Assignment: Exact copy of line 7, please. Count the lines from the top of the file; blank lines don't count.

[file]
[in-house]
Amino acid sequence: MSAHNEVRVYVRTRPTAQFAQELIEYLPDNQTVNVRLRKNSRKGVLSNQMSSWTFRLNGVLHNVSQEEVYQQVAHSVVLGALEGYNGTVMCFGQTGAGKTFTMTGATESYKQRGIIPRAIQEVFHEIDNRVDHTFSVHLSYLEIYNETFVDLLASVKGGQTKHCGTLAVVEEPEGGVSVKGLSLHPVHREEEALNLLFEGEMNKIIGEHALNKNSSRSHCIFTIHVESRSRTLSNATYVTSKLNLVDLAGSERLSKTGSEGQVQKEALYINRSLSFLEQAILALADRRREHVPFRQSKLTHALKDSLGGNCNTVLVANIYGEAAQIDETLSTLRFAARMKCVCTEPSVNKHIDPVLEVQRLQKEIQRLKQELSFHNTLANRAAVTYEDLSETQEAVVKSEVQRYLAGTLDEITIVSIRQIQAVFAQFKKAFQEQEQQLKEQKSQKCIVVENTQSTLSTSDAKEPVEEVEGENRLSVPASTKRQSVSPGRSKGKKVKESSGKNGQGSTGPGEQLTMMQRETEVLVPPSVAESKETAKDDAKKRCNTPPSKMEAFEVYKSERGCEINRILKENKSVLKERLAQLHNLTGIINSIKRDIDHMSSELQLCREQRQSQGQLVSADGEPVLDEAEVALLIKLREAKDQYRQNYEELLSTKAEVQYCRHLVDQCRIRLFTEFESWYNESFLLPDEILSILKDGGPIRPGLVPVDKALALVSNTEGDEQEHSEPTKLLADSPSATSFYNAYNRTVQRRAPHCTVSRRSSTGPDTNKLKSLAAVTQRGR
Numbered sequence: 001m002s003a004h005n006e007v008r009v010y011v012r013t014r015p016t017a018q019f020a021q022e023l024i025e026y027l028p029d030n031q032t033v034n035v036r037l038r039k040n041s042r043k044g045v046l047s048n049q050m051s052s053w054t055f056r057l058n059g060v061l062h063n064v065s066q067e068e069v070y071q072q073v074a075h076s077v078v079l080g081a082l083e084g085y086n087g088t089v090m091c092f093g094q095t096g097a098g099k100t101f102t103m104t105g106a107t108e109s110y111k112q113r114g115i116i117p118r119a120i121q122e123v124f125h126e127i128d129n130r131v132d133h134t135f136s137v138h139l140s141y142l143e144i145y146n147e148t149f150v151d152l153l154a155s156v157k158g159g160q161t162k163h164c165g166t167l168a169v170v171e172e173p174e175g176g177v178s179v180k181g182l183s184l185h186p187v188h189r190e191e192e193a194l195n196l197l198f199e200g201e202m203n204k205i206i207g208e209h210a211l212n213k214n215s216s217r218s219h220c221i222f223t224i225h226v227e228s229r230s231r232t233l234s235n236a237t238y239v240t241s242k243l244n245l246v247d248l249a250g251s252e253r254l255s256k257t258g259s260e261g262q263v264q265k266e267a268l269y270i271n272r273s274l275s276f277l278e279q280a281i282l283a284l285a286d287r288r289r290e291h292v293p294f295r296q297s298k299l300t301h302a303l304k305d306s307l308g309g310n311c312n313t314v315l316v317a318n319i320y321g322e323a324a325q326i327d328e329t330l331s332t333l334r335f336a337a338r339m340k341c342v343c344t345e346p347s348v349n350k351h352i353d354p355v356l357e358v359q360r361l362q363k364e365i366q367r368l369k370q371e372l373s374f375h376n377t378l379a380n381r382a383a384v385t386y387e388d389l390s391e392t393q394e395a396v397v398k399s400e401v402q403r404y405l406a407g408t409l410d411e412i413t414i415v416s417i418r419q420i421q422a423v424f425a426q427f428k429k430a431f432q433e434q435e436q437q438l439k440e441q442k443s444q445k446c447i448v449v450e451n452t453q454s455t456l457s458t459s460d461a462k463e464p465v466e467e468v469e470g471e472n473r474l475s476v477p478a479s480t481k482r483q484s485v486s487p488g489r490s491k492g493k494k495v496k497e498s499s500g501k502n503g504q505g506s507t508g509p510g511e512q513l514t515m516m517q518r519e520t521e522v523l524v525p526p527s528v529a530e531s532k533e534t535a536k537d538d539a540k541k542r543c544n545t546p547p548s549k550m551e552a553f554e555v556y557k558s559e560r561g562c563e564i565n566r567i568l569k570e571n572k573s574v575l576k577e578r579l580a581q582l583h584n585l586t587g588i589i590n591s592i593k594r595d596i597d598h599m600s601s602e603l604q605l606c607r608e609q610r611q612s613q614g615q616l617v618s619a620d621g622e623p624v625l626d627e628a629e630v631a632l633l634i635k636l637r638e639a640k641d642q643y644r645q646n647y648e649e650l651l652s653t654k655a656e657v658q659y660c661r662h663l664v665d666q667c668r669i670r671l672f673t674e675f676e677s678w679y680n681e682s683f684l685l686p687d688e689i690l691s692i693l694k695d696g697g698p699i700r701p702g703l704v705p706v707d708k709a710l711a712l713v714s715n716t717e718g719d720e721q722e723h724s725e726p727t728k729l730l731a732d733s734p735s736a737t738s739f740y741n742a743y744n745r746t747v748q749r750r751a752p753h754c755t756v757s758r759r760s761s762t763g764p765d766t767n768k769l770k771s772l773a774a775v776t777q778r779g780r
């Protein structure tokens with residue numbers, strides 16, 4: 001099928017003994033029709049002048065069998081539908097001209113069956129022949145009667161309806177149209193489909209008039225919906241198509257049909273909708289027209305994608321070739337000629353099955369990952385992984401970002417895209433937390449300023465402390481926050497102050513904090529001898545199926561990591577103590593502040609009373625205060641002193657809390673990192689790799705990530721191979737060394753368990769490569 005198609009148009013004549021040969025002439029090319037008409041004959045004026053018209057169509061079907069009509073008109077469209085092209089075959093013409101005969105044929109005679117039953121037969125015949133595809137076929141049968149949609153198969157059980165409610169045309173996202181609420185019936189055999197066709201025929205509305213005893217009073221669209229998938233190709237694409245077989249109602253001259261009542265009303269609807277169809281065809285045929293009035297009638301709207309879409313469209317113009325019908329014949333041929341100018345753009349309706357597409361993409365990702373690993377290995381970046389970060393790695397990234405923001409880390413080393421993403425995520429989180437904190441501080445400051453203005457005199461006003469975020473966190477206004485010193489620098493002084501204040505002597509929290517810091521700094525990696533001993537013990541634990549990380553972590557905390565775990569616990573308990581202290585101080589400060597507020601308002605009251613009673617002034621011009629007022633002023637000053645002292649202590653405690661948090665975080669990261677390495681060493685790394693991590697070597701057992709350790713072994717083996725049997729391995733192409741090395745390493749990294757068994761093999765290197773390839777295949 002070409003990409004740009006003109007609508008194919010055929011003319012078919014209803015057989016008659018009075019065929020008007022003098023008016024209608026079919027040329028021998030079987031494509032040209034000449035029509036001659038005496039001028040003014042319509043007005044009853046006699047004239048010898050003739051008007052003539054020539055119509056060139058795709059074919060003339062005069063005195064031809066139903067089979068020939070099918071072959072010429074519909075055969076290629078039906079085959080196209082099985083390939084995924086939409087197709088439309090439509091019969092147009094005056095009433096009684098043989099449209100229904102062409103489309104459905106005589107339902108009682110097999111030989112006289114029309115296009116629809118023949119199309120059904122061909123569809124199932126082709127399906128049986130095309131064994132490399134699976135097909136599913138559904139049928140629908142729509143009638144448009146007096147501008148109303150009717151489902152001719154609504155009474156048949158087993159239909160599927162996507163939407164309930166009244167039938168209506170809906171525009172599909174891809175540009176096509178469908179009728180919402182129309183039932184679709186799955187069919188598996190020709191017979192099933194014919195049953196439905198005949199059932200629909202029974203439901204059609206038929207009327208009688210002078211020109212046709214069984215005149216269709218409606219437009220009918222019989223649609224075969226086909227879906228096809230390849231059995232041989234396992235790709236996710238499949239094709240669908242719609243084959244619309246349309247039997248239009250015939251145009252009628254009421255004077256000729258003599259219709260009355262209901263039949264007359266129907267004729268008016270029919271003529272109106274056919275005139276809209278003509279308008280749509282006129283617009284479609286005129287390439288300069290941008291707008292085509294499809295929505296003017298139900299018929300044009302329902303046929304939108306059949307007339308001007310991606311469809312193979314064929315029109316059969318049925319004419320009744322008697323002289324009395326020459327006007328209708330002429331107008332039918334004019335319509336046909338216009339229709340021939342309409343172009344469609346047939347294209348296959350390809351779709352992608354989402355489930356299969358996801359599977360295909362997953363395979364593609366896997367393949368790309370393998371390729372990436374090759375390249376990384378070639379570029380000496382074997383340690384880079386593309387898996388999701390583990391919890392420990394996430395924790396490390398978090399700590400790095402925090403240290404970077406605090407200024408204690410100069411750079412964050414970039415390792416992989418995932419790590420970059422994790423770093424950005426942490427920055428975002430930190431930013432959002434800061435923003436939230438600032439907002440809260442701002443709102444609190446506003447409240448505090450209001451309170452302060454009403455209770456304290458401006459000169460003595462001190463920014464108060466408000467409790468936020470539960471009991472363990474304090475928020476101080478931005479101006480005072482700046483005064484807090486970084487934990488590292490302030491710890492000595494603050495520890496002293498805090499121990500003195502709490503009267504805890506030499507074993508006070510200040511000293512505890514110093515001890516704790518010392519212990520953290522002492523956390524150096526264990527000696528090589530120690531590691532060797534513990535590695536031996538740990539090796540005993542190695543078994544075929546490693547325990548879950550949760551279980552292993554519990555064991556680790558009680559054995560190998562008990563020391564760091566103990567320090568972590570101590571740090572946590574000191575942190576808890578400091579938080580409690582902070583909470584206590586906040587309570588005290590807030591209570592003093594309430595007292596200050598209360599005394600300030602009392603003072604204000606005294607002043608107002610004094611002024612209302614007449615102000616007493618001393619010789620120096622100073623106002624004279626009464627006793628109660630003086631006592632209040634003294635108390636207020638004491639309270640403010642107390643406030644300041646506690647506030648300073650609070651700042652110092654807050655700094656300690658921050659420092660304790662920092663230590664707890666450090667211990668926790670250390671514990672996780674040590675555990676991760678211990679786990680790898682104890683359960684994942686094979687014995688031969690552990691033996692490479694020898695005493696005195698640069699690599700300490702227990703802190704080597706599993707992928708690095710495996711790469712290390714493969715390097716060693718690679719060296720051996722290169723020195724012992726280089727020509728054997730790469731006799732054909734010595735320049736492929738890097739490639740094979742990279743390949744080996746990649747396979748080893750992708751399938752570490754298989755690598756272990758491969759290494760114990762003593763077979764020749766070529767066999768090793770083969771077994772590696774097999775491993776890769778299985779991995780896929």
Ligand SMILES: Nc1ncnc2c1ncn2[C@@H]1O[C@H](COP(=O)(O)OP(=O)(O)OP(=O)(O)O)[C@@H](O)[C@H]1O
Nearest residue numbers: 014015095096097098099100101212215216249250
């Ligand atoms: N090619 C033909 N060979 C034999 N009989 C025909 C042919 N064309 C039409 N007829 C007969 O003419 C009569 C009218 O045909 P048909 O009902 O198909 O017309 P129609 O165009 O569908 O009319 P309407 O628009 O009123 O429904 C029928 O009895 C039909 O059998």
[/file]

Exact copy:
């Ligand atoms: N090619 C033909 N060979 C034999 N009989 C025909 C042919 N064309 C039409 N007829 C007969 O003419 C009569 C009218 O045909 P048909 O009902 O198909 O017309 P129609 O165009 O569908 O009319 P309407 O628009 O009123 O429904 C029928 O009895 C039909 O059998």